We’re excited to be a sponsor of Monitorama PDX June 4-6. If you’re going, please be sure and say hello! Latest Release: Grafana 5.1.3 This latest point release fixes a scrolling issue that was reported in Firefox.

Security updates for Thursday

Post Syndicated from ris original https://lwn.net/Articles/756164/rss

Security updates have been issued by CentOS (389-ds-base, corosync, firefox, java-1.7.0-openjdk, java-1.8.0-openjdk, kernel, librelp, libvirt, libvncserver, libvorbis, PackageKit, patch, pcs, and qemu-kvm), Fedora (asterisk, ca-certificates, gifsicle, ncurses, nodejs-base64-url, nodejs-mixin-deep, and wireshark), Mageia (thunderbird), Red Hat (procps), SUSE (curl, kvm, and libvirt), and Ubuntu (apport, haproxy, and tomcat7, tomcat8).

Hong Kong Customs Arrest Pirate Streaming Device Vendors

Post Syndicated from Andy original https://torrentfreak.com/hong-kong-customs-arrest-pirate-streaming-device-vendors-180529/

As Internet-capable set-top boxes pour into homes across all populated continents, authorities seem almost powerless to come up with a significant response to the growing threat.

In standard form these devices, which are often Android-based, are entirely legal. However, when configured with specialist software they become piracy powerhouses providing access to all content imaginable, often at copyright holders’ expense.

A large proportion of these devices come from Asia, China in particular, but it’s relatively rare to hear of enforcement action in that part of the world. That changed this week with an announcement from Hong Kong customs detailing a series of raids in the areas of Sham Shui Po and Wan Chai.

After conducting an in-depth investigation with the assistance of copyright holders, on May 25 and 26 Customs and Excise officers launched Operation Trojan Horse, carrying out a series of raids on four premises selling suspected piracy-configured set-top boxes.

During the operation, officers arrested seven men and one woman aged between 18 and 45. Four of them were shop owners and the other four were salespeople. Around 354 suspected ‘pirate’ boxes were seized with an estimated market value of HK$320,000 (US$40,700).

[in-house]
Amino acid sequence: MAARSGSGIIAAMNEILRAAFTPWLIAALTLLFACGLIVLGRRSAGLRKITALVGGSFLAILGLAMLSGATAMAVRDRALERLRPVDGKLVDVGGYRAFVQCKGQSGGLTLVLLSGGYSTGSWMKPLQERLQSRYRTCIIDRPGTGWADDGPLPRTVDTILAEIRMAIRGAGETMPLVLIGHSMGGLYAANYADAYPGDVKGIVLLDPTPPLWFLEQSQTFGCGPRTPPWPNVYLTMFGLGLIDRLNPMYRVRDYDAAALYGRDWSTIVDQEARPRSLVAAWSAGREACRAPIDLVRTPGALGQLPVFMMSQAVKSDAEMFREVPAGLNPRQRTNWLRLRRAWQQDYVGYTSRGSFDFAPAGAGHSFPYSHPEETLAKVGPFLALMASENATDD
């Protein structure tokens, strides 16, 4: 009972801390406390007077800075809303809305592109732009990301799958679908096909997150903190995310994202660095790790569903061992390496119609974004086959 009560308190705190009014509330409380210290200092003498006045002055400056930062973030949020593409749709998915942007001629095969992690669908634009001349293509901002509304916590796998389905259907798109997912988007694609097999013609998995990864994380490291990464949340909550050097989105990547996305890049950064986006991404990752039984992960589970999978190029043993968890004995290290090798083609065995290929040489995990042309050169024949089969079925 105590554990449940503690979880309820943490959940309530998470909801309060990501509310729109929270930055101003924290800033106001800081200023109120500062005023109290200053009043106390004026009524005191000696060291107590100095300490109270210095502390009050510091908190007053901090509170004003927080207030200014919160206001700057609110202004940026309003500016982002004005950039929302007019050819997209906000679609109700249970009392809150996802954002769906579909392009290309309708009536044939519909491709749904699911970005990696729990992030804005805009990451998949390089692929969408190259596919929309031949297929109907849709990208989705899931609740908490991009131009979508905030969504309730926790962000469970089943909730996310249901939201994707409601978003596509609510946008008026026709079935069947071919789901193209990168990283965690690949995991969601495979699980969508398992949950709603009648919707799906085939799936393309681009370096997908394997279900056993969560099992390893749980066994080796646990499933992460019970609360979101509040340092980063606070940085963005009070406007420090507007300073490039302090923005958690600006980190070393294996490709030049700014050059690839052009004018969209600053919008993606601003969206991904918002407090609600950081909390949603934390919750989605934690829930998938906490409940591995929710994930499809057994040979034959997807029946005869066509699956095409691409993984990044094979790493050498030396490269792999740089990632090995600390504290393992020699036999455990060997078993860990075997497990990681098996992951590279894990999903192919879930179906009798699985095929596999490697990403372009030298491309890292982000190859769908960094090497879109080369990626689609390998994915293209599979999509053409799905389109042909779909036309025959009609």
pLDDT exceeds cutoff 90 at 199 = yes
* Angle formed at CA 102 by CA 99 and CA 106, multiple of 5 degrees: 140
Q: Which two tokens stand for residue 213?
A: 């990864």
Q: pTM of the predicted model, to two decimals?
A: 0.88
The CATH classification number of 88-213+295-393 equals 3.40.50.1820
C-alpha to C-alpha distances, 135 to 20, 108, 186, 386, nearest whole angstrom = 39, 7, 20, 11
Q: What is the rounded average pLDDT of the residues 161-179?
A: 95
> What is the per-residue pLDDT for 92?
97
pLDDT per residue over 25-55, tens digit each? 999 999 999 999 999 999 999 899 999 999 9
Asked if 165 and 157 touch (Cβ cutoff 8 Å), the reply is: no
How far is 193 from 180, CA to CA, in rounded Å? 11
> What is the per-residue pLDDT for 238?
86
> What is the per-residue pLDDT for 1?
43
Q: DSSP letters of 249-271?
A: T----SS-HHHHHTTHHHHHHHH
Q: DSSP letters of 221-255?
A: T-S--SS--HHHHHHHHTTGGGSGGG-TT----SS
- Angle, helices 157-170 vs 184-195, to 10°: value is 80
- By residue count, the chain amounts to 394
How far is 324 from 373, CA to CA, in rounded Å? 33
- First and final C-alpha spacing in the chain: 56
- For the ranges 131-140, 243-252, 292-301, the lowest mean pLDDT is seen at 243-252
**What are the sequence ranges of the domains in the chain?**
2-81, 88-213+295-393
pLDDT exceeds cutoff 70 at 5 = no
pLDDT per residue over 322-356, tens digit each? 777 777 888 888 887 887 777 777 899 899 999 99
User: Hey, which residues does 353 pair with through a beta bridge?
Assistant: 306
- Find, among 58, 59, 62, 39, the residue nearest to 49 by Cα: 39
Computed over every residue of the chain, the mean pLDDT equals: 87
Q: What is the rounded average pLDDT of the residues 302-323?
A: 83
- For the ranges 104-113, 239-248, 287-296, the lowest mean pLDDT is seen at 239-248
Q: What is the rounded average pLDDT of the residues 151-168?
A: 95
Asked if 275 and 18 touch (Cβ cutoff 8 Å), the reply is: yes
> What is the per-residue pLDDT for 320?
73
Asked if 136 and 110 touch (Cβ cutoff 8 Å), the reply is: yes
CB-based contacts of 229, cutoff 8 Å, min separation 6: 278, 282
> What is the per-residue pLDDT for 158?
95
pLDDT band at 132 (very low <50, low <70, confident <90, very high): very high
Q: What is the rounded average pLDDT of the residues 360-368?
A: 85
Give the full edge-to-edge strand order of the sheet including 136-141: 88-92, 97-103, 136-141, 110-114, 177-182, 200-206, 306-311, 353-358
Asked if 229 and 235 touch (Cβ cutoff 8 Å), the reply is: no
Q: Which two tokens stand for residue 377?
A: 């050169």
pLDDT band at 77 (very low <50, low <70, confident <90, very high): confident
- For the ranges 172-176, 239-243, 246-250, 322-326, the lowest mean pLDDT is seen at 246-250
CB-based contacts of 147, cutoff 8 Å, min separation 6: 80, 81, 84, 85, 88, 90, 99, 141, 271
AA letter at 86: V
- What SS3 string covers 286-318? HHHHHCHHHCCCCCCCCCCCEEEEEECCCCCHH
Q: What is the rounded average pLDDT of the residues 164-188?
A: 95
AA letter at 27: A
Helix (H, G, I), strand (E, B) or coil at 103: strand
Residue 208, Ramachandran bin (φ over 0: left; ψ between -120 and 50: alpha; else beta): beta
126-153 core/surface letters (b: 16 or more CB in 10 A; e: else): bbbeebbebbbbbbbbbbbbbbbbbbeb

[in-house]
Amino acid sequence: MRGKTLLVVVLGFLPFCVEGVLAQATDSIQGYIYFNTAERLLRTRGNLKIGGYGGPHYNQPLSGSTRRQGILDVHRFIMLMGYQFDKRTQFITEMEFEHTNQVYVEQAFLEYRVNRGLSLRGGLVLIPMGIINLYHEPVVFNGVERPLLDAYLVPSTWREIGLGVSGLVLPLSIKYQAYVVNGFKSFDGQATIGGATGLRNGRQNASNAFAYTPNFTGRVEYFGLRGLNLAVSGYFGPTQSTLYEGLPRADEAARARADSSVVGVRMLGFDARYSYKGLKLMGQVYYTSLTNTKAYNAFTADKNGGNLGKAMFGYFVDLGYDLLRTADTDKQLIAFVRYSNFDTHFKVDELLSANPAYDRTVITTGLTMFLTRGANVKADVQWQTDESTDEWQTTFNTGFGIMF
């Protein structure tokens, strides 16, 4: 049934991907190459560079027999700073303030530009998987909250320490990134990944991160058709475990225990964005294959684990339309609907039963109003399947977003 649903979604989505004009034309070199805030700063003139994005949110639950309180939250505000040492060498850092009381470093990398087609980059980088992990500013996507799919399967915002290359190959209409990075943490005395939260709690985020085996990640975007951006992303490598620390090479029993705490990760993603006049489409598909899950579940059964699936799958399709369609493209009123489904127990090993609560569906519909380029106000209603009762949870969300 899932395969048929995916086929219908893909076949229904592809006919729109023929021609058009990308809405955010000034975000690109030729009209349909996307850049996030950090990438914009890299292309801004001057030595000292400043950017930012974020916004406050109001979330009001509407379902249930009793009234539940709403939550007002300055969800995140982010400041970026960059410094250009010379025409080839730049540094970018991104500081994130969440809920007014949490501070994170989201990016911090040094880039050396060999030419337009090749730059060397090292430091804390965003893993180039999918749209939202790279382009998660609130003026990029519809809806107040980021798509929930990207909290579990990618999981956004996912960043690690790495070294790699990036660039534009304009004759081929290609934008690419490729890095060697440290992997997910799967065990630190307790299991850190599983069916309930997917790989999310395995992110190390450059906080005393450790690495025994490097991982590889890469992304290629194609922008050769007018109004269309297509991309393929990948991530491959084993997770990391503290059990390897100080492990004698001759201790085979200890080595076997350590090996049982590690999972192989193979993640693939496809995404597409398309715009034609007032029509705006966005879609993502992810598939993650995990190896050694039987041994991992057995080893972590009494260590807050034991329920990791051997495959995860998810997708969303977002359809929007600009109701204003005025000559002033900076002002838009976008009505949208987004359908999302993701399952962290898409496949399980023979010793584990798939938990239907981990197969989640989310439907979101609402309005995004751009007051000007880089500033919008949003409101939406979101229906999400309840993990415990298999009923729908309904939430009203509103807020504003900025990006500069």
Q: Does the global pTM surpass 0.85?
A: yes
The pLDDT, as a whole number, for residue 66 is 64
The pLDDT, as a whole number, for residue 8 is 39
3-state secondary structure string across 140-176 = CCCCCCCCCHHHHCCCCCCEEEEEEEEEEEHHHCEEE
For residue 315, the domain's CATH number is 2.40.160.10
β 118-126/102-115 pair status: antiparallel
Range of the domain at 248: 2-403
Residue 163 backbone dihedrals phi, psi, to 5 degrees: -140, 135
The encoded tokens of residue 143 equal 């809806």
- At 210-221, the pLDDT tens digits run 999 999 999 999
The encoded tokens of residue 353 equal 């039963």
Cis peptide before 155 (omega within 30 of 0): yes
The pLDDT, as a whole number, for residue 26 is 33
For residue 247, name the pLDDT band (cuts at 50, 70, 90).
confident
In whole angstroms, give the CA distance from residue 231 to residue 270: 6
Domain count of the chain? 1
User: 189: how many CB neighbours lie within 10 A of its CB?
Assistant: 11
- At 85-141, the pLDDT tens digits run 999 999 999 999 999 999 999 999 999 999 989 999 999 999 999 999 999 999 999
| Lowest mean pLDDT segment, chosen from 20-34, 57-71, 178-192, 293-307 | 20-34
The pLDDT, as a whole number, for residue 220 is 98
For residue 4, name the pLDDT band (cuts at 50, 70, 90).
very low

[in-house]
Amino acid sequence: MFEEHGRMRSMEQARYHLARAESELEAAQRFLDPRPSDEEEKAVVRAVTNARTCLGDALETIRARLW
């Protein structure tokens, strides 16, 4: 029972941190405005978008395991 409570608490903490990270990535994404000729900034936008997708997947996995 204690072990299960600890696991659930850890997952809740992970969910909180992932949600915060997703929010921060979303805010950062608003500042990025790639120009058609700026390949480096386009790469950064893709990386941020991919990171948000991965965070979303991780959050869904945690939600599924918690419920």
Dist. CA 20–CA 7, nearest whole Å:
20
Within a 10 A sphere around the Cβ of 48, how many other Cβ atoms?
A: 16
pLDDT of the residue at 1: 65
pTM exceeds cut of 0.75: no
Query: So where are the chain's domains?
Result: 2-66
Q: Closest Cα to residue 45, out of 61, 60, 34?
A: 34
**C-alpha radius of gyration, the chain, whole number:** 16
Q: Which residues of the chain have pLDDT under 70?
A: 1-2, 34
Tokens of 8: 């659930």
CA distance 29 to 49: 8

“In the past few months, the department has stepped up inspections of hotspots for TV set-top boxes,” a statement from authorities reads.

“We have discovered that some shops have sold suspected illegal set-top boxes that bypass the copyright protection measures imposed by copyright holders of pay television programs allowing people to watch pay television programs for free.”

Some of the devices seized by Hong Kong Customs

During a press conference yesterday, a representative from the Customs Copyright and Trademark Investigations (Action) Division said that in the run up to the World Cup in 2018, measures against copyright infringement will be strengthened both on and online.

The announcement was welcomed by the Cable and Satellite Broadcasting Association of Asia’s (CASBAA) Coalition Against Piracy, which is back by industry heavyweights including Disney, Fox, HBO Asia, NBCUniversal, Premier League, Turner Asia-Pacific, A&E Networks, Astro, BBC Worldwide, National Basketball Association, TV5MONDE, Viacom International, and others.

“We commend the great work of Hong Kong Customs in clamping down on syndicates who profit from the sale of Illicit Streaming Devices,” said General Manager Neil Gane.

“The prevalence of ISDs in Hong Kong and across South East Asia is staggering. The criminals who sell ISDs, as well as those who operate the ISD networks and pirate websites, are profiting from the hard work of talented creators, seriously damaging the legitimate content ecosystem as well as exposing consumers to dangerous malware.”

Malware warnings are very prevalent these days but it’s not something the majority of set-top box owners have a problem with. Indeed, a study carried by Sycamore Research found that pirates aren’t easily deterred by such warnings.

Nevertheless, there are definite risks for individuals selling devices when they’re configured for piracy.

Recent cases, particularly in the UK, have shown that hefty jail sentences can hit offenders while over in the United States (1,2,3), lawsuits filed by the Alliance for Creativity and Entertainment (ACE) have the potential to end in unfavorable rulings for multiple defendants.

Although rarely reported, offenders in Hong Kong also face stiff sentences for this kind of infringement including large fines and custodial sentences of up to four years.

Source: TF, for the latest info on copyright, file-sharing, torrent sites and more. We also have VPN reviews, discounts, offers and coupons.

Security updates for Monday

Post Syndicated from ris original https://lwn.net/Articles/755796/rss

Security updates have been issued by Debian (batik, cups, gitlab, ming, and xdg-utils), Fedora (dpdk, firefox, glibc, nodejs-deep-extend, strongswan, thunderbird, thunderbird-enigmail, wavpack, xdg-utils, and xen), Gentoo (ntp, rkhunter, and zsh), openSUSE (Chromium, GraphicsMagick, jasper, opencv, pdns, and wireshark), SUSE (jasper, java-1_7_1-ibm, krb5, libmodplug, and openstack-nova), and Ubuntu (thunderbird).

Security updates for Monday

Post Syndicated from ris original https://lwn.net/Articles/755076/rss